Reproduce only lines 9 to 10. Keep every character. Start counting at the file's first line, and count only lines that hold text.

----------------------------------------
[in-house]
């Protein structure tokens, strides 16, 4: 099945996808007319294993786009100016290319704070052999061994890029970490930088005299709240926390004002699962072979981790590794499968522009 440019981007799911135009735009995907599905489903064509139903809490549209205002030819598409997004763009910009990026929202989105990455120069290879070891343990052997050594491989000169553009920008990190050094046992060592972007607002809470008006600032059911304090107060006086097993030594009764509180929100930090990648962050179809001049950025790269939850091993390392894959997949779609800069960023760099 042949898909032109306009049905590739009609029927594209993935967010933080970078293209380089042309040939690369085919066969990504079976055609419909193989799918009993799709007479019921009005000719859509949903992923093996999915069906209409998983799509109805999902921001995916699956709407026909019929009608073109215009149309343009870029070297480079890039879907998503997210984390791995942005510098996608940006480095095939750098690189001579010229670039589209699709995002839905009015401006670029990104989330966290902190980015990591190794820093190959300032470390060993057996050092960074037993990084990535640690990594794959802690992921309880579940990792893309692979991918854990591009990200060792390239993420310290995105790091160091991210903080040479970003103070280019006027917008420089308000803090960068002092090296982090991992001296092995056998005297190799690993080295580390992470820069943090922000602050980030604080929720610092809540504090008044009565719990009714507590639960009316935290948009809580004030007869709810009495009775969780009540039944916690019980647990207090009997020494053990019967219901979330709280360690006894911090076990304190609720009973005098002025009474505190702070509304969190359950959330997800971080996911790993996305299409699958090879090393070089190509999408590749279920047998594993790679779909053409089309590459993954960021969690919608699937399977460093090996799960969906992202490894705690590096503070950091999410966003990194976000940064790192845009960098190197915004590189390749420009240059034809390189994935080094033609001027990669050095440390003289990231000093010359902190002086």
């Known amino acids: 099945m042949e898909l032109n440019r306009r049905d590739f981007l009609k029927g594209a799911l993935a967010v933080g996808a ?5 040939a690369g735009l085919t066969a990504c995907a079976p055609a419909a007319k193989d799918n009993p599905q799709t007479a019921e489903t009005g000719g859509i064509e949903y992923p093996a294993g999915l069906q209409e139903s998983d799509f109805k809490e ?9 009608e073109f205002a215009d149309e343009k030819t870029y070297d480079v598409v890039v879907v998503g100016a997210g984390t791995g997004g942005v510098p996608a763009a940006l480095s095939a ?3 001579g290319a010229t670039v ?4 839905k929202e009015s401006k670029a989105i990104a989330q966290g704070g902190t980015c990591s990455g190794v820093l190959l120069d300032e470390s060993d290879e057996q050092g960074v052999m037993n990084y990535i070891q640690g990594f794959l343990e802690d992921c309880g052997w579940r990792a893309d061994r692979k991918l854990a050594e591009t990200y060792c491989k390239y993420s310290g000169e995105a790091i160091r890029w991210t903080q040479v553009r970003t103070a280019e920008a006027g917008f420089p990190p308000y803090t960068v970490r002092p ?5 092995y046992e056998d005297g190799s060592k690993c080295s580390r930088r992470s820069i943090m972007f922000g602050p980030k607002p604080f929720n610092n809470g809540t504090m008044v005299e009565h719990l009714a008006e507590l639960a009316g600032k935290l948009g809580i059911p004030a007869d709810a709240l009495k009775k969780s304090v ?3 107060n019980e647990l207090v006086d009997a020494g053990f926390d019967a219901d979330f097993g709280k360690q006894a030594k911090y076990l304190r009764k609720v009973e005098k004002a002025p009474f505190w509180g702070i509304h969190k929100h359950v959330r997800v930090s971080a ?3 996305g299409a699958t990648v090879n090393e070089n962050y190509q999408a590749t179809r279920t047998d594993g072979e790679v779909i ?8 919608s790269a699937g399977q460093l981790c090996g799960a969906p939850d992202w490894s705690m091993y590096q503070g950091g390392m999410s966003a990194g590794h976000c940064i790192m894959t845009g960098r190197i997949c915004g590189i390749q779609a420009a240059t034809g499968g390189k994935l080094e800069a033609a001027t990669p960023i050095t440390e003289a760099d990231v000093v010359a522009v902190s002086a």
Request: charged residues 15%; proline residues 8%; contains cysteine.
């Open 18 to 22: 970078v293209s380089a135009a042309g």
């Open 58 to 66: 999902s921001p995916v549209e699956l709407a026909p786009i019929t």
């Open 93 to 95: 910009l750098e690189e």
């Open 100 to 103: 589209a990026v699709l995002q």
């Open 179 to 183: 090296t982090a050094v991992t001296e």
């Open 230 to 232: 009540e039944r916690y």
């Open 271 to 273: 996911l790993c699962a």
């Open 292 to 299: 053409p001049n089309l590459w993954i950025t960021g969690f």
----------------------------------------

């Open 179 to 183: 090296t982090a050094v991992t001296e």
């Open 230 to 232: 009540e039944r916690y």